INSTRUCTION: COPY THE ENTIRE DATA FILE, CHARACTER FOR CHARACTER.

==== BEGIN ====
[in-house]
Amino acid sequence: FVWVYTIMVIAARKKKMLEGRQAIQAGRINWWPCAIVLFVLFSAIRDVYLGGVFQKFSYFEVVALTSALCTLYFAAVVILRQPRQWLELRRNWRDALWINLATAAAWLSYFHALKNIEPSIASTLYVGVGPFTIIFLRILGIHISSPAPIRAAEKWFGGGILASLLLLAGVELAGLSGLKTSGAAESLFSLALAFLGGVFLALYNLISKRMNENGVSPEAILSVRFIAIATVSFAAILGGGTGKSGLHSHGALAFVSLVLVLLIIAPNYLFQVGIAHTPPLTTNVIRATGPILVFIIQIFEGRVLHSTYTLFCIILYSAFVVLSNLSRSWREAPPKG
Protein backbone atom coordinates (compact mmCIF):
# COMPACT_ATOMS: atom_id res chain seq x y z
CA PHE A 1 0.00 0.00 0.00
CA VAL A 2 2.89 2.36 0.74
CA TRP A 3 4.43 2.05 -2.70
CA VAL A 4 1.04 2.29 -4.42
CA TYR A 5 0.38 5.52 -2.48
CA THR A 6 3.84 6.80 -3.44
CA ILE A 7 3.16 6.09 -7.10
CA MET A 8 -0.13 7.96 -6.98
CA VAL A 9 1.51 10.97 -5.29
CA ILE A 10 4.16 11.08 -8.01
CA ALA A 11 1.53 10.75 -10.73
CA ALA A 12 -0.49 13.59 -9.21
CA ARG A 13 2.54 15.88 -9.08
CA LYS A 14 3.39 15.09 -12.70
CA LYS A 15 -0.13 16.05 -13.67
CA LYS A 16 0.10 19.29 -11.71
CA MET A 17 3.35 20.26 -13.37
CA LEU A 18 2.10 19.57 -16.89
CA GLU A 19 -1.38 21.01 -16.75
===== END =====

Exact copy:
[in-house]
Amino acid sequence: FVWVYTIMVIAARKKKMLEGRQAIQAGRINWWPCAIVLFVLFSAIRDVYLGGVFQKFSYFEVVALTSALCTLYFAAVVILRQPRQWLELRRNWRDALWINLATAAAWLSYFHALKNIEPSIASTLYVGVGPFTIIFLRILGIHISSPAPIRAAEKWFGGGILASLLLLAGVELAGLSGLKTSGAAESLFSLALAFLGGVFLALYNLISKRMNENGVSPEAILSVRFIAIATVSFAAILGGGTGKSGLHSHGALAFVSLVLVLLIIAPNYLFQVGIAHTPPLTTNVIRATGPILVFIIQIFEGRVLHSTYTLFCIILYSAFVVLSNLSRSWREAPPKG
Protein backbone atom coordinates (compact mmCIF):
# COMPACT_ATOMS: atom_id res chain seq x y z
CA PHE A 1 0.00 0.00 0.00
CA VAL A 2 2.89 2.36 0.74
CA TRP A 3 4.43 2.05 -2.70
CA VAL A 4 1.04 2.29 -4.42
CA TYR A 5 0.38 5.52 -2.48
CA THR A 6 3.84 6.80 -3.44
CA ILE A 7 3.16 6.09 -7.10
CA MET A 8 -0.13 7.96 -6.98
CA VAL A 9 1.51 10.97 -5.29
CA ILE A 10 4.16 11.08 -8.01
CA ALA A 11 1.53 10.75 -10.73
CA ALA A 12 -0.49 13.59 -9.21
CA ARG A 13 2.54 15.88 -9.08
CA LYS A 14 3.39 15.09 -12.70
CA LYS A 15 -0.13 16.05 -13.67
CA LYS A 16 0.10 19.29 -11.71
CA MET A 17 3.35 20.26 -13.37
CA LEU A 18 2.10 19.57 -16.89
CA GLU A 19 -1.38 21.01 -16.75